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What is Tooth Enamel What is Tooth Enamel What is Tooth Enamel

What is Tooth Enamel?

Have you ever wondered about tooth enamel? What is it? How important is it? How can you protect it? Here are the answers to these questions. Read Full Article

Tooth enamel is the hardest, most highly mineralized substance in the body. It forms the outer, most visible layer of each tooth. Enamel is composed of hydroxyapatite, a mineral compound of calcium and phosphate. The colour can vary from light yellow to grayish-blue to white. Because it is semi-translucent, enamel is only partially responsible for the colour of your teeth.

Enamel plays a very important role in protecting teeth from decay, so it is essential to do everything possible to prevent your enamel from eroding. Tooth enamel forms a strong barrier that shields the inner layers of teeth from the effects of acids and plaque. It also protects these sensitive inner layers from foods and beverages that are very hot or very cold.

If tooth enamel is destroyed, your body does not make more to replace it. Unlike other parts of your body — like your bones — enamel does not contain any living cells, so it cannot regenerate.

You can protect your enamel by avoiding excessive amounts of foods and liquids known to cause damage. Sugary foods and beverages acidic fruits are among the most damaging to your enamel. When these substances stick to your teeth and react with bacteria in your mouth, acids are produced which can damage your enamel. Biting or chewing very hard foods, such as hard candy or ice cubes, may also damage enamel by causing it to crack or chip. These foods are best sucked rather than chewed.Of course, you can also protect your enamel by practising good oral hygiene habits, such as regular brushing with a fluoride toothpaste, flossing, and visiting your dental professional for regular cleanings. Using toothpaste such as Colgate* Enamel Health™ toothpaste can also help protect enamel from acid damage.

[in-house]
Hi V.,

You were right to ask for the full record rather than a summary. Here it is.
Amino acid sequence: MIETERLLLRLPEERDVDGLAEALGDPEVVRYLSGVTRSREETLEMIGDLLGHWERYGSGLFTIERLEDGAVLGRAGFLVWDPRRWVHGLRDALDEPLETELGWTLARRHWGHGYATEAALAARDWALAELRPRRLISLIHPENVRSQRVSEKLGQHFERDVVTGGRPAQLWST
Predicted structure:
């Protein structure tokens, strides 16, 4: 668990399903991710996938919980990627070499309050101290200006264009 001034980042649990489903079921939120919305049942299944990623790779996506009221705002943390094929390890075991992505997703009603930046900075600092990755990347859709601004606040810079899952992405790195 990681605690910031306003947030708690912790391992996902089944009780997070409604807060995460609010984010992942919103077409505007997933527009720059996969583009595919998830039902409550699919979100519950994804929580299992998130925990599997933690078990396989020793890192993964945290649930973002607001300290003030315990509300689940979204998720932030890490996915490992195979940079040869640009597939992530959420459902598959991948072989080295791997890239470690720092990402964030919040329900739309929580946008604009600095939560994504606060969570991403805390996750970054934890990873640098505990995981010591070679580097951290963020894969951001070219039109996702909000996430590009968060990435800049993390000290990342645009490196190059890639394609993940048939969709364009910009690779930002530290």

Enamel is an important substance that deserves to be taken care of. You can learn more about tooth anatomy in the Colgate* Oral Care resources.